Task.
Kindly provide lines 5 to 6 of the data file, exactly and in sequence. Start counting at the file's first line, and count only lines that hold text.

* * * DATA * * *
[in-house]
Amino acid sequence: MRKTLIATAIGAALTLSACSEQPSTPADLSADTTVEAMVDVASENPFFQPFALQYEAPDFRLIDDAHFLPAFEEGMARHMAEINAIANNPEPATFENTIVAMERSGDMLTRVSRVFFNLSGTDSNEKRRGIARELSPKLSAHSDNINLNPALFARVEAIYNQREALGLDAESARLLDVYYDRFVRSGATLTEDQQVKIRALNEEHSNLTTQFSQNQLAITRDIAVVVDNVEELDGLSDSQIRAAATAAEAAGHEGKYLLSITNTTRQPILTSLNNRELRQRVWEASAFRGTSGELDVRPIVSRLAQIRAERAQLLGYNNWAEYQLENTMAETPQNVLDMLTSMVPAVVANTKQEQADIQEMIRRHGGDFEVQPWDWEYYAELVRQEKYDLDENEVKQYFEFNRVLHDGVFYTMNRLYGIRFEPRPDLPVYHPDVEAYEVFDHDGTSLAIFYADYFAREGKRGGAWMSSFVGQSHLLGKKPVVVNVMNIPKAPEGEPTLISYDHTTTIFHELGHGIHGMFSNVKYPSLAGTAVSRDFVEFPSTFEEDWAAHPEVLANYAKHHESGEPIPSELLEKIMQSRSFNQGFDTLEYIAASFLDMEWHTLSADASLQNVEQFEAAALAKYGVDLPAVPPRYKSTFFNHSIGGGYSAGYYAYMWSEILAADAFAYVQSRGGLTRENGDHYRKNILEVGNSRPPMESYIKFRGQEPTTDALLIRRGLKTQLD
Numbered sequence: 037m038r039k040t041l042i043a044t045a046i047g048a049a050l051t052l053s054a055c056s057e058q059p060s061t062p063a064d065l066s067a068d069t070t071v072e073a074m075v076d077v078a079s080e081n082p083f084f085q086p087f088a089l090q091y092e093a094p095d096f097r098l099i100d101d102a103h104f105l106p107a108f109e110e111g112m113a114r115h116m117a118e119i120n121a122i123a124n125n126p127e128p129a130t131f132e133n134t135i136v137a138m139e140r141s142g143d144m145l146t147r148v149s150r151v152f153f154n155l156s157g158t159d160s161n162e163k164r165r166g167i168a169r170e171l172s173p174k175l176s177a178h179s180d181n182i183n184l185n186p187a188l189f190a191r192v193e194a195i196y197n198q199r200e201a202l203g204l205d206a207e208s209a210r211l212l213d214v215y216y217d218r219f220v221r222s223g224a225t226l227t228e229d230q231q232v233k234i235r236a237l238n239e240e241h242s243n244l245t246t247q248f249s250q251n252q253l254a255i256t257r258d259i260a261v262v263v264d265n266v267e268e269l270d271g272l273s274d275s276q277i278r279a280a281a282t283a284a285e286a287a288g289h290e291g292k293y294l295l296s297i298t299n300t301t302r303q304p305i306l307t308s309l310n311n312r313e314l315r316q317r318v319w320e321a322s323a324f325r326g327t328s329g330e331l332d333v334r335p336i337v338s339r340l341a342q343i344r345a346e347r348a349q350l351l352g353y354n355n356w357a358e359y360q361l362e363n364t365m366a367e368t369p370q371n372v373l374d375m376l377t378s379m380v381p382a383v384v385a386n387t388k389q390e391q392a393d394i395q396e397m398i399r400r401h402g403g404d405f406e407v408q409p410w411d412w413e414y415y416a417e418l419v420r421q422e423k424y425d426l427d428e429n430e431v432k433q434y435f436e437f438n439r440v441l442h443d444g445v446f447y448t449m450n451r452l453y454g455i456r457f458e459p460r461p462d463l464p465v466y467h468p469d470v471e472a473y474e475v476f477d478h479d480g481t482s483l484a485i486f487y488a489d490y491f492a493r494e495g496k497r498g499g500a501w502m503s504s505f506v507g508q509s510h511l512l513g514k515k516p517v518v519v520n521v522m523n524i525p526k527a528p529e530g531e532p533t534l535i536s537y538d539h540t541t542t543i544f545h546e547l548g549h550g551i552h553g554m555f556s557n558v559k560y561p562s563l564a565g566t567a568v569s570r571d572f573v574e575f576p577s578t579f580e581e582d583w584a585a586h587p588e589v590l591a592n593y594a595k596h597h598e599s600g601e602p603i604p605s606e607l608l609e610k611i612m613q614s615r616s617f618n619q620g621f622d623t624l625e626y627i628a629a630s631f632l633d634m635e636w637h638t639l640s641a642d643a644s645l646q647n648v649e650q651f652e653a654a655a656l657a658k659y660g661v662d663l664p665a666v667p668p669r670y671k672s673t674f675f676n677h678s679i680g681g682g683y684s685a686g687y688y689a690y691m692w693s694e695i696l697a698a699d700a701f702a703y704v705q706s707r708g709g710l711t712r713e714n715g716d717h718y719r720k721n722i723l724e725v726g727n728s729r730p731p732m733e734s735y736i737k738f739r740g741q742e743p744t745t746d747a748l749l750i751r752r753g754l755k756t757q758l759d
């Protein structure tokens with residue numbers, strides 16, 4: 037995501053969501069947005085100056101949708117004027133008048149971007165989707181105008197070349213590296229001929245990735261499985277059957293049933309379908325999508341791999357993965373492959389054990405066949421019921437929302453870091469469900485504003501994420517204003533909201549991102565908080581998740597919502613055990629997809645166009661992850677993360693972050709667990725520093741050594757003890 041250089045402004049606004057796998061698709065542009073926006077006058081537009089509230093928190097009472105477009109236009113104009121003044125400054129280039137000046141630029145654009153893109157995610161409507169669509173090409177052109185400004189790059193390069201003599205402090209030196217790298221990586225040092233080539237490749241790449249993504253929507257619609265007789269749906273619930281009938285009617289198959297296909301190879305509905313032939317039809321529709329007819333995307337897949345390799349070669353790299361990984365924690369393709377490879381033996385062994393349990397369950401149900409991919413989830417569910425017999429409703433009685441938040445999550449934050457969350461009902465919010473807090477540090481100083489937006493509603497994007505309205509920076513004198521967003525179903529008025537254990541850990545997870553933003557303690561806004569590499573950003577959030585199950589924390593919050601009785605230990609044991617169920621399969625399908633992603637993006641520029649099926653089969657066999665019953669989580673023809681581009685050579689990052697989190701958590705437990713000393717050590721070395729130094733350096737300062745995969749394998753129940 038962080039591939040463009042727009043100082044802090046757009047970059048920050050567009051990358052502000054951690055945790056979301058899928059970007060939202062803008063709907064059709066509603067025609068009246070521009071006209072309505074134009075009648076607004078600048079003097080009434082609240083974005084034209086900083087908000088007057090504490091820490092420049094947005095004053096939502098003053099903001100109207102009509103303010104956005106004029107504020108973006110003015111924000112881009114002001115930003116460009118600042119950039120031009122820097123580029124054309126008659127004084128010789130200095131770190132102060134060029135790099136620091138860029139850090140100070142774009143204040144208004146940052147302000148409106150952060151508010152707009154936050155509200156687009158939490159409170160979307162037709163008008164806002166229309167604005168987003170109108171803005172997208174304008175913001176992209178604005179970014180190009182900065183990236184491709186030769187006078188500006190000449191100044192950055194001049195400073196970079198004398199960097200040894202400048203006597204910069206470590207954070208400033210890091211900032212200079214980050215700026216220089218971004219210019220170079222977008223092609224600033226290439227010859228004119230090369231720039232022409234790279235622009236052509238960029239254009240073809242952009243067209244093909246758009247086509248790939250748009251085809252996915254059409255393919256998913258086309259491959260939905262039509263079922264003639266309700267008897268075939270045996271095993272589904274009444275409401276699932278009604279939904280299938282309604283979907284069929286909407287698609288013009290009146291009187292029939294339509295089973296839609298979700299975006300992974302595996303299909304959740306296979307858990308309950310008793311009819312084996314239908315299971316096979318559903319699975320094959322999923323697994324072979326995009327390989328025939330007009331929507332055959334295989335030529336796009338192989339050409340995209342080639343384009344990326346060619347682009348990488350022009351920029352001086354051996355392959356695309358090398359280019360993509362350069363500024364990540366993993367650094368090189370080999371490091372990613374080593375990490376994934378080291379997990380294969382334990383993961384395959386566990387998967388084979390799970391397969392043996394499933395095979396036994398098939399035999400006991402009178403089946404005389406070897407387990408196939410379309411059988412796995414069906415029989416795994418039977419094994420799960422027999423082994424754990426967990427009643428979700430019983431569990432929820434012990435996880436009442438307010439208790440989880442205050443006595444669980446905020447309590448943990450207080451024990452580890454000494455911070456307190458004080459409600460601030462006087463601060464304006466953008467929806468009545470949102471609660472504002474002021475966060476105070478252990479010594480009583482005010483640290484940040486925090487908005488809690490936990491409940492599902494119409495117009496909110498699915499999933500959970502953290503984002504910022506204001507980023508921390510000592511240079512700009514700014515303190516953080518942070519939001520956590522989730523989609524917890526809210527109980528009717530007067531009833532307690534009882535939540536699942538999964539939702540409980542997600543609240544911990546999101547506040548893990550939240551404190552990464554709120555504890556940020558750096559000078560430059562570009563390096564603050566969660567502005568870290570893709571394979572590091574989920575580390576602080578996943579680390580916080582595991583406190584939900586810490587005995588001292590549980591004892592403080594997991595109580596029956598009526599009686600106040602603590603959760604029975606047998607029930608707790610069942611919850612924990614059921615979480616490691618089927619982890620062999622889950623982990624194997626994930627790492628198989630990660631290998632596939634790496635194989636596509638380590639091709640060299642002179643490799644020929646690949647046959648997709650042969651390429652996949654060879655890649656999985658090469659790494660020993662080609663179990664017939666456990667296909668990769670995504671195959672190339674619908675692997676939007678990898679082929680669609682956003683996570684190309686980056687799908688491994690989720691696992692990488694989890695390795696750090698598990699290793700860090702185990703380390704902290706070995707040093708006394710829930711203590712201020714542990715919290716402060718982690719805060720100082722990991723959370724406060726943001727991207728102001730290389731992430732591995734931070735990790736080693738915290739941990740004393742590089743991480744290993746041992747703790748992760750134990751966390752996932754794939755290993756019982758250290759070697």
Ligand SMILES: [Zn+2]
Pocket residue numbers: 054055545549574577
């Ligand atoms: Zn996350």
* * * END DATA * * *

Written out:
Ligand SMILES: [Zn+2]
Pocket residue numbers: 054055545549574577